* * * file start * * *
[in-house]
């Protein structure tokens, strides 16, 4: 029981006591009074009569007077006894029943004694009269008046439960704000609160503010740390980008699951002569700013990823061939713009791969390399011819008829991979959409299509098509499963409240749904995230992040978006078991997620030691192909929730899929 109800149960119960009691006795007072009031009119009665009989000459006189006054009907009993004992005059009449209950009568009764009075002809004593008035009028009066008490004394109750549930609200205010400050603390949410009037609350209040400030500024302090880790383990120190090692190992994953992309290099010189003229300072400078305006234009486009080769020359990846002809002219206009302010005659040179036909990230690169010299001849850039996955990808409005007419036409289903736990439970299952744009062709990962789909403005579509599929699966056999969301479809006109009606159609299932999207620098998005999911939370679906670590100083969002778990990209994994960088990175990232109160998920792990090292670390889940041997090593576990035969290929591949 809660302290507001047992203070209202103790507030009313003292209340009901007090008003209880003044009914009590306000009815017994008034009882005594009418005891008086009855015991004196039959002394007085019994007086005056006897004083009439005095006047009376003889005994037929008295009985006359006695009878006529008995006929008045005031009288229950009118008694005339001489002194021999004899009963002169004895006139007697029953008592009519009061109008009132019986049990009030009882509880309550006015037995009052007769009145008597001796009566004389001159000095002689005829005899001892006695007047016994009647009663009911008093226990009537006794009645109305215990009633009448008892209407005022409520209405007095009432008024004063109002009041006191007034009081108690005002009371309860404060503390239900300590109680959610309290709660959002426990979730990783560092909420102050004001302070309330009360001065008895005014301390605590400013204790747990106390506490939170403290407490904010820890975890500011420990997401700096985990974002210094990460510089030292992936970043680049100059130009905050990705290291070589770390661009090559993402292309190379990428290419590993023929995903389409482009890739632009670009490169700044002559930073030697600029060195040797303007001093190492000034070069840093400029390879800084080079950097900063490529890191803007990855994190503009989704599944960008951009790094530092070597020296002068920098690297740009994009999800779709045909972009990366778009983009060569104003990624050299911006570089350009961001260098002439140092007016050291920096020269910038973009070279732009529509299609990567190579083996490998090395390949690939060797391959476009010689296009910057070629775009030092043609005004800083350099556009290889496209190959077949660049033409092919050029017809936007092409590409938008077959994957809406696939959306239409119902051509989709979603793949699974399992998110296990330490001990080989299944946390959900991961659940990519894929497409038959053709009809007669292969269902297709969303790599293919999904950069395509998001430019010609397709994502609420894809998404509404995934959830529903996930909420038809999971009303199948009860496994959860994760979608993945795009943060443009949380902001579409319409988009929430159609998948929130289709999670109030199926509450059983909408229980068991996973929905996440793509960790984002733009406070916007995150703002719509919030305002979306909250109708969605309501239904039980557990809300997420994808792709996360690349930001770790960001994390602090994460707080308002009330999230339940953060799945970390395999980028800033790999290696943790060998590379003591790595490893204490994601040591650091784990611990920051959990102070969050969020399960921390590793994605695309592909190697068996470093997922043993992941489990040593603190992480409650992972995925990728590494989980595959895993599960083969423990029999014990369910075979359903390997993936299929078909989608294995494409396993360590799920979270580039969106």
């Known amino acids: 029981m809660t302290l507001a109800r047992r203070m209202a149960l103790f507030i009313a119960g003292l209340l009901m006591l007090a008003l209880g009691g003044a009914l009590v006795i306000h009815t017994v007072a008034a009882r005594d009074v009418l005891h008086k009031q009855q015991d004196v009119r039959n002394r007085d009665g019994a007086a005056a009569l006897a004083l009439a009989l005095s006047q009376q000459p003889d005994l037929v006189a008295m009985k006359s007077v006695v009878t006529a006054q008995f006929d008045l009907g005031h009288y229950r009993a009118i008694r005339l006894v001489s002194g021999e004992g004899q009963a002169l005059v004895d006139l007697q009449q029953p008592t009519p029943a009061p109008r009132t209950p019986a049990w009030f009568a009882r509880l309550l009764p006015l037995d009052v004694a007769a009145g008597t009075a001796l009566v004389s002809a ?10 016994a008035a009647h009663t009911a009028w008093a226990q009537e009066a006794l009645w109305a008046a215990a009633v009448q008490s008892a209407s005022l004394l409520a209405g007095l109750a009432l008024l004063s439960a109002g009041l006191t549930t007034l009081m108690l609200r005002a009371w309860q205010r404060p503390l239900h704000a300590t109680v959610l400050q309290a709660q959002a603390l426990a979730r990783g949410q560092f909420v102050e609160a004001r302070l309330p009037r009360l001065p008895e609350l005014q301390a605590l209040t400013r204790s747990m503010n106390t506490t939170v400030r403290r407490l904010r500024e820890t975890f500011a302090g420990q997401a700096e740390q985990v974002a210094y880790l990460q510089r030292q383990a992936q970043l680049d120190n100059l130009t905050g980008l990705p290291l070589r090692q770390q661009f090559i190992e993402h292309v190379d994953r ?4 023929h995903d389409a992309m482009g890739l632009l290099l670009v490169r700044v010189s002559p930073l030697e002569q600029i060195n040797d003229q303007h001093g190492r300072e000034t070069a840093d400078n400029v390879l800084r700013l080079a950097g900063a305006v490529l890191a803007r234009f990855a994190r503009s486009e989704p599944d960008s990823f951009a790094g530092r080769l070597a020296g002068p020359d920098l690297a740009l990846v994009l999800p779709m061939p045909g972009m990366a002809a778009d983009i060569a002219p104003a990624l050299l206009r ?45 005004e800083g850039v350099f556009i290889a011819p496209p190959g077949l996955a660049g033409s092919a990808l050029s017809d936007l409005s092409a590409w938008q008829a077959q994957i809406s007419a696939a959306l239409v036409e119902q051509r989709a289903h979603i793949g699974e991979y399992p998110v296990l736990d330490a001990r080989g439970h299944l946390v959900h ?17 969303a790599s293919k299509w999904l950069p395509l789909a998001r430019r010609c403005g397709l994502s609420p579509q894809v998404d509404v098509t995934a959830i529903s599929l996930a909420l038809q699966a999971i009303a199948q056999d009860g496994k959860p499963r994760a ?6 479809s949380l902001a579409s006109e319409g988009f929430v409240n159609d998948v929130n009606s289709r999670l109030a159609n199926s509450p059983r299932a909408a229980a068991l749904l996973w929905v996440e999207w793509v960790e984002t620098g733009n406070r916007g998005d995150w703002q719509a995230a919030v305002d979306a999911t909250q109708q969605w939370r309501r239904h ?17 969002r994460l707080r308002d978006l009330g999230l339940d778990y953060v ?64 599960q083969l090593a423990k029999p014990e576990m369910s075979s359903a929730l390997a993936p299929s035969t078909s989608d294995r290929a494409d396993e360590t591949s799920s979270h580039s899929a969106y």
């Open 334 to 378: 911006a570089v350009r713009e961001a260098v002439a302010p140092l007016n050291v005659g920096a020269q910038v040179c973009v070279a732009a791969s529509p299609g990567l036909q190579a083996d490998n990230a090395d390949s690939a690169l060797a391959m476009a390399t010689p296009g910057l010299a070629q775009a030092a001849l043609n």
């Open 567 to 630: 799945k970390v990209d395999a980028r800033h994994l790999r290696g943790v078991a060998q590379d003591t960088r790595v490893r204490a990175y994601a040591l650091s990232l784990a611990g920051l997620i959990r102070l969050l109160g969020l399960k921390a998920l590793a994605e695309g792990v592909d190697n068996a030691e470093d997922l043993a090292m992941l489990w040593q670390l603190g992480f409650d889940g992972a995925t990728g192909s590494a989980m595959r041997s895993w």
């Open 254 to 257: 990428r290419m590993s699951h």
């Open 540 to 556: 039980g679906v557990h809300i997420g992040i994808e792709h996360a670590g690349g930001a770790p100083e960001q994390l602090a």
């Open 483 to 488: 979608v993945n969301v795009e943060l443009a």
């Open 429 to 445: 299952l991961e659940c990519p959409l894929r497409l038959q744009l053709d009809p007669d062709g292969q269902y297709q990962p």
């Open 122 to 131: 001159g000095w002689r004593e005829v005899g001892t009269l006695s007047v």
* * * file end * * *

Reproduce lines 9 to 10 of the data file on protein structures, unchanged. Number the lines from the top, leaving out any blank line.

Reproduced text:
């Open 429 to 445: 299952l991961e659940c990519p959409l894929r497409l038959q744009l053709d009809p007669d062709g292969q269902y297709q990962p």
């Open 122 to 131: 001159g000095w002689r004593e005829v005899g001892t009269l006695s007047v």